the French, is exceedingly ruinous, especially falling on 
the poorer people, and does not seem to tend to make a 
more speedy end of the war; but rather to exasperate 
and incite to revenge. Many executed at London for 
clipping money, now done to that intolerable extent, that 
there was hardly any money that was worth above half 
the nominal value. 

4th August, 1694. I went to visit my cousin, George 
Evelyn of Nutfield, where I found a family of ten chil- 
dren, five sons and five daughters — all beautiful women 
grown, and extremely well-fashioned. All painted in one 
piece, very well, by Mr. Lutterell, in crayon on copper, 
and seeming to be as finely painted as the best minia- 
ture. They are the children of two extraordinary beau- 
tiful wives. The boys were at school. 

5th AugTist, 1694. Stormy and unseasonable wet 
weather this week. 

5th October, 1694. I went to St. Paul's to see the 
choir, now finished as to the stone work, and the scaffold 
struck both without and within, in that part. Some ex-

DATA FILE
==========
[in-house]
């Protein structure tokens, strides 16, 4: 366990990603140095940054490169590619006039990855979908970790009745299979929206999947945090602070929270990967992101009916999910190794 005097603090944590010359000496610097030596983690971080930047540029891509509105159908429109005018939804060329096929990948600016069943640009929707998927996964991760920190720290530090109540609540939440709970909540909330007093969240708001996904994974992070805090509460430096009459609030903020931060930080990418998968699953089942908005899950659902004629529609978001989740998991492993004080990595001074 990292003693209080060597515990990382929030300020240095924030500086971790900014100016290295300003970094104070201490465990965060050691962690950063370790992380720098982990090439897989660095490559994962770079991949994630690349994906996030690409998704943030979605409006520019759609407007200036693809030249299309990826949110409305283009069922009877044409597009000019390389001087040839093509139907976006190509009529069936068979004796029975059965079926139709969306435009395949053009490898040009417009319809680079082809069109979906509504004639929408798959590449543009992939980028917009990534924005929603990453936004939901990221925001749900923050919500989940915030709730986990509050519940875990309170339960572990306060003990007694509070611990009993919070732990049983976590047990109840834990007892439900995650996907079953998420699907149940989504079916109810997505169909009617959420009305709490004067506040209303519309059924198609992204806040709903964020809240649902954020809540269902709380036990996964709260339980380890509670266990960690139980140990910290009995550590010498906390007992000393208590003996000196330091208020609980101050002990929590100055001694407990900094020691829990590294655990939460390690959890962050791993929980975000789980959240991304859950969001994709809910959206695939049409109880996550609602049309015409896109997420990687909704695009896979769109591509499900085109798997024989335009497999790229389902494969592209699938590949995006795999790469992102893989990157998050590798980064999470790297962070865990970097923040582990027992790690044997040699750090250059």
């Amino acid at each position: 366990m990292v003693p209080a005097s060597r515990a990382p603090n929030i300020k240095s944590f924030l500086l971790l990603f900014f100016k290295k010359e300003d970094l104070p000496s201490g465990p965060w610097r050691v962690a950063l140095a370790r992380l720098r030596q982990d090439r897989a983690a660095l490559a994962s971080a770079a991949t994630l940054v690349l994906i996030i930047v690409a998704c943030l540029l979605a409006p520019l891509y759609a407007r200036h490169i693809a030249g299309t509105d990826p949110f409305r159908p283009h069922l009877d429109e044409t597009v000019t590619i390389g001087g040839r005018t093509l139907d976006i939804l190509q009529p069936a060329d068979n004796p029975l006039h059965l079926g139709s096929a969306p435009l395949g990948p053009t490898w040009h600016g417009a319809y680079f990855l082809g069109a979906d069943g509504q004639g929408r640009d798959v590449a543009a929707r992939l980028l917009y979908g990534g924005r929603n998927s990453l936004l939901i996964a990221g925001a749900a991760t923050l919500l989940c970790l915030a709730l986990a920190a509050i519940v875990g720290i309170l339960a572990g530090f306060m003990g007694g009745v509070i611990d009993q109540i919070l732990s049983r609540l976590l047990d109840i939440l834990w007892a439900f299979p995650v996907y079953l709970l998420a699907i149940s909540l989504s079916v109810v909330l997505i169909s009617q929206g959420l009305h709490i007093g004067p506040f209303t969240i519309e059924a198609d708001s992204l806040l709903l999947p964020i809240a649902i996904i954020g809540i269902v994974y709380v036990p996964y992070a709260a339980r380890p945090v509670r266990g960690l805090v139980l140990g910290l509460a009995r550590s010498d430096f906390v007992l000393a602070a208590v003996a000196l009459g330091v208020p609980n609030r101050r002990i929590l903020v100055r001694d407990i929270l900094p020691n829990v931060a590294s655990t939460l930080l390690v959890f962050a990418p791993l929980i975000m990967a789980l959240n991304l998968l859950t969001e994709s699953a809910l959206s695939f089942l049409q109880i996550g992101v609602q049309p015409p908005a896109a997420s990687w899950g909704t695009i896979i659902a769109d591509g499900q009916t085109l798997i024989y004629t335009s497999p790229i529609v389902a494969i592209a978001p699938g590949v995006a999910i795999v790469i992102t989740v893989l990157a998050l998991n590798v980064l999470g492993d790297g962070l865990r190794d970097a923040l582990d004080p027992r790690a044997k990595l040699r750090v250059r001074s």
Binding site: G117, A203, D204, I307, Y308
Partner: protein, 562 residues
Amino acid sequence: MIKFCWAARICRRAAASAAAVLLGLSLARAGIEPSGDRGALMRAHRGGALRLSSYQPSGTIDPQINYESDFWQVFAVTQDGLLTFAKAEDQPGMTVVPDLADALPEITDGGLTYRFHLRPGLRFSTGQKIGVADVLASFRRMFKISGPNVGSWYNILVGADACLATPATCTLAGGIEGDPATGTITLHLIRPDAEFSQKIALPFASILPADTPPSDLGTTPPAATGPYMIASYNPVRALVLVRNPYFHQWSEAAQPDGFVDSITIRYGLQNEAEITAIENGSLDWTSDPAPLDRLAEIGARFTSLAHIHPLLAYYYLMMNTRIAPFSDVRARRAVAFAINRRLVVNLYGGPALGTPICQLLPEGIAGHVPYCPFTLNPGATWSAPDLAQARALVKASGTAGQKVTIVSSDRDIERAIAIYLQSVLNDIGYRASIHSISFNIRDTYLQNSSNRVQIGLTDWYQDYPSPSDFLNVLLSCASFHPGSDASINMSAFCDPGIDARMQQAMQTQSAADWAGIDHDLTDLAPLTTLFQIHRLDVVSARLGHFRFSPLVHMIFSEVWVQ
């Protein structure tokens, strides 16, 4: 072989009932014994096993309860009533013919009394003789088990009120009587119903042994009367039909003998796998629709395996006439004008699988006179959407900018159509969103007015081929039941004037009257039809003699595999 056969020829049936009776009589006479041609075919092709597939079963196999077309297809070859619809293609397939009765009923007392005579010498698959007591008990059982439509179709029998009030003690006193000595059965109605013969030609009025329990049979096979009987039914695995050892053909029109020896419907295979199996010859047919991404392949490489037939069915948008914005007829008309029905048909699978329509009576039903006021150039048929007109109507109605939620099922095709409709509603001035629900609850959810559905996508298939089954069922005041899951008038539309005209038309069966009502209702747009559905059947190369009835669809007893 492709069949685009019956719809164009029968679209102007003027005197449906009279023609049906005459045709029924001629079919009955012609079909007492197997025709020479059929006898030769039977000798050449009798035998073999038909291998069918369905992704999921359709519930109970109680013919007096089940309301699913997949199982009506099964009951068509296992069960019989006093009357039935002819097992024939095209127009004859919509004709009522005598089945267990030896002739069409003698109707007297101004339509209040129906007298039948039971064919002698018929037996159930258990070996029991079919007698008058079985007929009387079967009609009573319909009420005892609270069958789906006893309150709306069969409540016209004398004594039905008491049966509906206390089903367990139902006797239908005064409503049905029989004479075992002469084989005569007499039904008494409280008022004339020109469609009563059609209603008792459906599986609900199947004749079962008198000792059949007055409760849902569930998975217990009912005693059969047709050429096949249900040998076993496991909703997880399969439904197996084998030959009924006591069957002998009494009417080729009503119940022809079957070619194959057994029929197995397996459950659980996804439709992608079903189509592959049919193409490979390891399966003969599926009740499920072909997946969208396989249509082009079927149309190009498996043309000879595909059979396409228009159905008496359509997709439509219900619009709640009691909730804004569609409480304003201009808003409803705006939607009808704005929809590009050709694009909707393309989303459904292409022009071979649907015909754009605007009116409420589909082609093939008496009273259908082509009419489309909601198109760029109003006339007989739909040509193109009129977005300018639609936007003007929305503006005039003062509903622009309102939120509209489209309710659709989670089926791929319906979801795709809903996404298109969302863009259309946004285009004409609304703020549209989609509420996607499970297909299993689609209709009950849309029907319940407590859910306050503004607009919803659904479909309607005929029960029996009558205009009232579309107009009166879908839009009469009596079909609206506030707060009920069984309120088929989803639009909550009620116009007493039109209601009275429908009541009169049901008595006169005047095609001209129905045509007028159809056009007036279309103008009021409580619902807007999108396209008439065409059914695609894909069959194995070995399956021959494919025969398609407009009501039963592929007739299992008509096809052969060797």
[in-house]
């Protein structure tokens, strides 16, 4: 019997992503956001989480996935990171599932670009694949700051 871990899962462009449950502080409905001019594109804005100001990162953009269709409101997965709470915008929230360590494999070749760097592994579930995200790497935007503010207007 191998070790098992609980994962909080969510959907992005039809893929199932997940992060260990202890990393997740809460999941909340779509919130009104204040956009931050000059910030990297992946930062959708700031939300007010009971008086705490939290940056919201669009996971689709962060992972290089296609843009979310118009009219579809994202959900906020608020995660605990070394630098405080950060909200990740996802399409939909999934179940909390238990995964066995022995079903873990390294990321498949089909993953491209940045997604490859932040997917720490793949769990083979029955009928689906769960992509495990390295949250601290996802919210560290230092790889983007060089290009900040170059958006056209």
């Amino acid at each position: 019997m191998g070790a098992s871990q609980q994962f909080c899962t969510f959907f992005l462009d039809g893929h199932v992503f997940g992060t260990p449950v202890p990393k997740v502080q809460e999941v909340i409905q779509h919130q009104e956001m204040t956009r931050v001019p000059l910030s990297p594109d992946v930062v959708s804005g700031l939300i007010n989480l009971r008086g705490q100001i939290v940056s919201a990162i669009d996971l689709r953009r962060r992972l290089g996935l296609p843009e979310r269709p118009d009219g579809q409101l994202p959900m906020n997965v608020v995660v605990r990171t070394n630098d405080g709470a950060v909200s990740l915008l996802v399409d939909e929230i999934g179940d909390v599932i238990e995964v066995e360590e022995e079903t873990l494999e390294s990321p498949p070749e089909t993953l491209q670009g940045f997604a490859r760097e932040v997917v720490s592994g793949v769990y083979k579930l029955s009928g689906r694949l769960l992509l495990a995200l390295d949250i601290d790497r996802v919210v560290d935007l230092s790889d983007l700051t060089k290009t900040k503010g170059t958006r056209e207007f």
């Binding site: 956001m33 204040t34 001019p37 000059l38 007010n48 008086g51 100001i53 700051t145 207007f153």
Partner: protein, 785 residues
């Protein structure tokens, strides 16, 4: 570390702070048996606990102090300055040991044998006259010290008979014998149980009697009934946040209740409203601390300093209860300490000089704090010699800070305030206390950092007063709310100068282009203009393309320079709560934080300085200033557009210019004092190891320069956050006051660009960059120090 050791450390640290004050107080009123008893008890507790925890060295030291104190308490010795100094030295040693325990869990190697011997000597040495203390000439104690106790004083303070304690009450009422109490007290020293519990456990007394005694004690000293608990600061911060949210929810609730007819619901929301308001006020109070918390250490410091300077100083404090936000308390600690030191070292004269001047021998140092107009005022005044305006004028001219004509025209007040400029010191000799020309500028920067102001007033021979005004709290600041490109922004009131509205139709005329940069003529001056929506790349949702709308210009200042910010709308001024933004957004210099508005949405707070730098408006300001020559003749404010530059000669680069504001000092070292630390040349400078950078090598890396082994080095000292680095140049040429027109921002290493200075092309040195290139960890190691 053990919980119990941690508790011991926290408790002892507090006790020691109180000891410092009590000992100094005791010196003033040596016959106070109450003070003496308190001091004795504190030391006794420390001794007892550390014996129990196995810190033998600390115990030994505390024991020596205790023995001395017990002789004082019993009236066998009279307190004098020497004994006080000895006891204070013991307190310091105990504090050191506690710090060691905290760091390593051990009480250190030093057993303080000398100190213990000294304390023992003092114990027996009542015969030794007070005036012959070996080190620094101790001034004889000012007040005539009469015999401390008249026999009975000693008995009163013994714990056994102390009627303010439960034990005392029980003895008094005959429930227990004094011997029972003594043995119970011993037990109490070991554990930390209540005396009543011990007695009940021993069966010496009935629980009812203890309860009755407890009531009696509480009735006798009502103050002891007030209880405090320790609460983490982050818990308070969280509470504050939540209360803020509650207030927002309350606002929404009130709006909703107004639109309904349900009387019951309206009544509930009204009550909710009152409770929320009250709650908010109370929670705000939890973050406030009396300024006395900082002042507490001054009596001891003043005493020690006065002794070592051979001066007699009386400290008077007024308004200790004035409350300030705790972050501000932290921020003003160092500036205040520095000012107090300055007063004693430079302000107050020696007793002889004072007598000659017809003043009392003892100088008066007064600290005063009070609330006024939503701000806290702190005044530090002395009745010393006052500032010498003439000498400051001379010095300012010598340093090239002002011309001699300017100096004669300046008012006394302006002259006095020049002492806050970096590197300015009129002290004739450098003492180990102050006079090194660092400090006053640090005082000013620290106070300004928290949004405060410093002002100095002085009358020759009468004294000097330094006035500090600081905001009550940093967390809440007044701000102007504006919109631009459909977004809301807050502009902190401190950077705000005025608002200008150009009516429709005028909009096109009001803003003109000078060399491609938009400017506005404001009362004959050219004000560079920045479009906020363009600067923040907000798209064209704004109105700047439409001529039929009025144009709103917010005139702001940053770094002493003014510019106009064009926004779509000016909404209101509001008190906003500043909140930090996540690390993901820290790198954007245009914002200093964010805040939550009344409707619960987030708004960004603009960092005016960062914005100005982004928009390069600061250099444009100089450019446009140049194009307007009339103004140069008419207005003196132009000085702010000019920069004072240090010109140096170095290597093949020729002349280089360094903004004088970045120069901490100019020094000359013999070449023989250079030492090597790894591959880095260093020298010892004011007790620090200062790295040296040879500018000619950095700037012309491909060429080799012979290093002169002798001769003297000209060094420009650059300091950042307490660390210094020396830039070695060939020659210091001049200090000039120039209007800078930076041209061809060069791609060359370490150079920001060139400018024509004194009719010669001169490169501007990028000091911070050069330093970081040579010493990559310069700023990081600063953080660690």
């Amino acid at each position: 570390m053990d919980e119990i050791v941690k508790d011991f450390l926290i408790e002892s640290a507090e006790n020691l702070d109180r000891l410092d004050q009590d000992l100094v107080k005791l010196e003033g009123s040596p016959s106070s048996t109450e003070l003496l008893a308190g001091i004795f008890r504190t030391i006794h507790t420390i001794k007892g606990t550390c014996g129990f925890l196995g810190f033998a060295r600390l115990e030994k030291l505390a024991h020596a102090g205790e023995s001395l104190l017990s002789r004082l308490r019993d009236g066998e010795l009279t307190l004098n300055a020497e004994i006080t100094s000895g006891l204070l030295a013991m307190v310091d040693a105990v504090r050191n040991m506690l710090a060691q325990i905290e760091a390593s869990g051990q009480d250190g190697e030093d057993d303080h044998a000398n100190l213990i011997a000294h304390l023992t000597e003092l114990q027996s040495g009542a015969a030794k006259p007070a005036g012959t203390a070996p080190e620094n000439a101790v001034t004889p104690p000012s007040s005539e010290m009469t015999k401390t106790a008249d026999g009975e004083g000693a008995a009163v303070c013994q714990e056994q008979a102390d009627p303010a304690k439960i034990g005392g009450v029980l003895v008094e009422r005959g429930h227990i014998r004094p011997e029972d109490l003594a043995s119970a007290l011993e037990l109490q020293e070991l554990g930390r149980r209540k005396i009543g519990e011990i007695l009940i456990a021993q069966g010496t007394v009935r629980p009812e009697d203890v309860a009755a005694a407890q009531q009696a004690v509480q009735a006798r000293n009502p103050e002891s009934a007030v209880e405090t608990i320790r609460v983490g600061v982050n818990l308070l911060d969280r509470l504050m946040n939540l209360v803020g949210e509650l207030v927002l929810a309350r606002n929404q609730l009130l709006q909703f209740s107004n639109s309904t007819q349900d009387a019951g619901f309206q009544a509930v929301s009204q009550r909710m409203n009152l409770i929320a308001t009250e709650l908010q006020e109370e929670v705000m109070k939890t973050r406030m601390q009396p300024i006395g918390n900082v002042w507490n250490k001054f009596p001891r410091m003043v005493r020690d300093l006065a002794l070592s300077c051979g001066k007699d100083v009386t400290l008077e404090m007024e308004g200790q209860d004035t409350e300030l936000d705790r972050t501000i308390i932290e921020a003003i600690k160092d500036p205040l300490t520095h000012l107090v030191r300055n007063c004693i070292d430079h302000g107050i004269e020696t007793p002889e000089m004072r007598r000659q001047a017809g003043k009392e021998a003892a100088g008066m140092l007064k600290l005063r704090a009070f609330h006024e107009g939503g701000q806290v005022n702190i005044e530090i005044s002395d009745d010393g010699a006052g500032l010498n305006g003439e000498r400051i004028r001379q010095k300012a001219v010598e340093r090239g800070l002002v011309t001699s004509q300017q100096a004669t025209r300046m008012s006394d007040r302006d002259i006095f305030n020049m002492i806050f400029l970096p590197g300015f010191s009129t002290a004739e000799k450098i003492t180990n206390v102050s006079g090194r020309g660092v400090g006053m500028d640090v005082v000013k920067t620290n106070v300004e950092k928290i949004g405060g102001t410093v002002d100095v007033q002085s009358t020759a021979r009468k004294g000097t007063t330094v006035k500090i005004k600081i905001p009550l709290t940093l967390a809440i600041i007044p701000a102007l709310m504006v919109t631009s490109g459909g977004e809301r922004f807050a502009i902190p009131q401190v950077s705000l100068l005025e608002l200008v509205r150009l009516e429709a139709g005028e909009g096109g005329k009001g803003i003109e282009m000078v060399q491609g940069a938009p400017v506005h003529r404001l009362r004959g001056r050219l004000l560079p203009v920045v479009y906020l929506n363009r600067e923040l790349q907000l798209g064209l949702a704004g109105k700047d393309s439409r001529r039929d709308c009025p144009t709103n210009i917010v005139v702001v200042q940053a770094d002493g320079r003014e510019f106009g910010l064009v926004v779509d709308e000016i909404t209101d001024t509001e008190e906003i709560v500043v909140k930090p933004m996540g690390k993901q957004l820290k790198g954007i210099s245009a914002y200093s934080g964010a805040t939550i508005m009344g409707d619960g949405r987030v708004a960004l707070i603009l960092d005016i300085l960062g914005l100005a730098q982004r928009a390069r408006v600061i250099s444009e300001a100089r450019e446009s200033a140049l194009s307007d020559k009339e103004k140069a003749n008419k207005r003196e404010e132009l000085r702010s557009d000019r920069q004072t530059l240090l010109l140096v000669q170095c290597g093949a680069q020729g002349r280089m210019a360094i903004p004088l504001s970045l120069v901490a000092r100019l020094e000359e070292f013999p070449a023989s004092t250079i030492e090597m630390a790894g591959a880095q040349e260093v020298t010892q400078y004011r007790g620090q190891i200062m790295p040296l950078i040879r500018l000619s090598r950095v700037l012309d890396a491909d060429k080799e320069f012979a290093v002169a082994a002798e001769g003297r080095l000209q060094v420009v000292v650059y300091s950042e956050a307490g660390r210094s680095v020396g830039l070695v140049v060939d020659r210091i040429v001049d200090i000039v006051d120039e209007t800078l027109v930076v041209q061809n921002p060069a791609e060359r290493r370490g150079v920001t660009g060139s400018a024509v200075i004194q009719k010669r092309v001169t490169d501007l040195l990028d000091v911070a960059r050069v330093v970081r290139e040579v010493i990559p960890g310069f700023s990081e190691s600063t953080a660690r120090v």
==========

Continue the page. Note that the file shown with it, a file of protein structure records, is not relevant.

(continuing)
ceptions might perhaps be taken as to the placing col- 
umns on pilasters at the east tribunal. As to the rest 
it is a piece of architecture without reproach. The pull- 
ing out the forms, like drawers, from under the stalls, is 

328 DIARY OF London 

ingenious. I went also to see the building beginning 
near St. Giles's, where seven streets make a star from a 
Doric pillar placed in the middle of a circular area; said 
to be built by Mr. Neale, introducer of the late lotteries, 
in imitation of those at Venice, now set up here, for 
himself twice, and now one for the State. 

28th October, 1694. Mr. Stringfellow preached at Trinity 

2 2d November, 1694. Visited the Bishop of Lincoln 
[Tenison] newly come on the death of the Archbishop of 
Canterbury, who a few days before had a paralytic 
stroke, — the same day and month that Archbishop San- 
croft was put out. A very sickly time, especially the 
smallpox, of which divers considerable persons died. 
The State lottery* drawing, Mr. Cock, a French refu- 
gee, and a President in the Parliament of Paris for the 
Reformed, drew a lot of ;^i,ooo per annum. 

29th November, 1694. I visited the Marquis of Nor- 
manby, and had much discourse concerning King Charles 
II. being poisoned. Also concerning the quinqui7ia which 
the physicians would not give to the King, at a time 
when, in a dangerous ague, it was the only thing that 
could cure him (out of envy because it had been brought 
into vogue by Mr. Tudor, an apothecary), till Dr. Short, 
to whom the King sent to know his opinion of it privately, 
he being reputed a Papist ( but who was in truth a very